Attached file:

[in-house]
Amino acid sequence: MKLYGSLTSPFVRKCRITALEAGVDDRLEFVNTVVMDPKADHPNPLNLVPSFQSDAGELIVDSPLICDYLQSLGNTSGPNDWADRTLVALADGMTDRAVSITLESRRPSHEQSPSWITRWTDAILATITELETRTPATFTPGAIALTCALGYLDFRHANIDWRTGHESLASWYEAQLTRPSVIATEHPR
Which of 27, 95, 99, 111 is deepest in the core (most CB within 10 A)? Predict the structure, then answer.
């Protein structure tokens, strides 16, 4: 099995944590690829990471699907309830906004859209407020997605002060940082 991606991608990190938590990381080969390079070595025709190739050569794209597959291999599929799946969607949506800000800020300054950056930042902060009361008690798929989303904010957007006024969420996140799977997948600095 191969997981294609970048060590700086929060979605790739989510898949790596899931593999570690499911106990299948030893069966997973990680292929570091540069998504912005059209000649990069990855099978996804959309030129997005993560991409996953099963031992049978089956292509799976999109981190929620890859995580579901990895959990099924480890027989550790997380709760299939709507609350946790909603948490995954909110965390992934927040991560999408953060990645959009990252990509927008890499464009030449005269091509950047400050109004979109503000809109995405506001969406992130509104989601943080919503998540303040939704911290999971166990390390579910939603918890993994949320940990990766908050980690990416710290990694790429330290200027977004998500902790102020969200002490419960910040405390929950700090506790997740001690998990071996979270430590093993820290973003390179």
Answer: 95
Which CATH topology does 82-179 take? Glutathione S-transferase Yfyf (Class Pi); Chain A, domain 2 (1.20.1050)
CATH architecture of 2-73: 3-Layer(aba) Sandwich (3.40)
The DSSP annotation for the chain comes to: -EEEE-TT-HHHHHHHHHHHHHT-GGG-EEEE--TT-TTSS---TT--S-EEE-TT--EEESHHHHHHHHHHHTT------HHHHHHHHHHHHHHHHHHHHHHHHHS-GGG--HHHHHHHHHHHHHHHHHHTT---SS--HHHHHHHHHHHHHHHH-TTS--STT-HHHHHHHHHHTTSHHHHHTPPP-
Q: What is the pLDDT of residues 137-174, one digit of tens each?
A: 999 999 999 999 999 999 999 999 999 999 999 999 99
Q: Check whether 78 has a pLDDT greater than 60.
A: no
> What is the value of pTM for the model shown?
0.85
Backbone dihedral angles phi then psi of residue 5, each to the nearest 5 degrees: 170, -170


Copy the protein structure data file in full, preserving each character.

[in-house]
Amino acid sequence: MKLYGSLTSPFVRKCRITALEAGVDDRLEFVNTVVMDPKADHPNPLNLVPSFQSDAGELIVDSPLICDYLQSLGNTSGPNDWADRTLVALADGMTDRAVSITLESRRPSHEQSPSWITRWTDAILATITELETRTPATFTPGAIALTCALGYLDFRHANIDWRTGHESLASWYEAQLTRPSVIATEHPR
Which of 27, 95, 99, 111 is deepest in the core (most CB within 10 A)? Predict the structure, then answer.
């Protein structure tokens, strides 16, 4: 099995944590690829990471699907309830906004859209407020997605002060940082 991606991608990190938590990381080969390079070595025709190739050569794209597959291999599929799946969607949506800000800020300054950056930042902060009361008690798929989303904010957007006024969420996140799977997948600095 191969997981294609970048060590700086929060979605790739989510898949790596899931593999570690499911106990299948030893069966997973990680292929570091540069998504912005059209000649990069990855099978996804959309030129997005993560991409996953099963031992049978089956292509799976999109981190929620890859995580579901990895959990099924480890027989550790997380709760299939709507609350946790909603948490995954909110965390992934927040991560999408953060990645959009990252990509927008890499464009030449005269091509950047400050109004979109503000809109995405506001969406992130509104989601943080919503998540303040939704911290999971166990390390579910939603918890993994949320940990990766908050980690990416710290990694790429330290200027977004998500902790102020969200002490419960910040405390929950700090506790997740001690998990071996979270430590093993820290973003390179």
Answer: 95
Which CATH topology does 82-179 take? Glutathione S-transferase Yfyf (Class Pi); Chain A, domain 2 (1.20.1050)
CATH architecture of 2-73: 3-Layer(aba) Sandwich (3.40)
The DSSP annotation for the chain comes to: -EEEE-TT-HHHHHHHHHHHHHT-GGG-EEEE--TT-TTSS---TT--S-EEE-TT--EEESHHHHHHHHHHHTT------HHHHHHHHHHHHHHHHHHHHHHHHHS-GGG--HHHHHHHHHHHHHHHHHHTT---SS--HHHHHHHHHHHHHHHH-TTS--STT-HHHHHHHHHHTTSHHHHHTPPP-
Q: What is the pLDDT of residues 137-174, one digit of tens each?
A: 999 999 999 999 999 999 999 999 999 999 999 999 99
Q: Check whether 78 has a pLDDT greater than 60.
A: no
> What is the value of pTM for the model shown?
0.85
Backbone dihedral angles phi then psi of residue 5, each to the nearest 5 degrees: 170, -170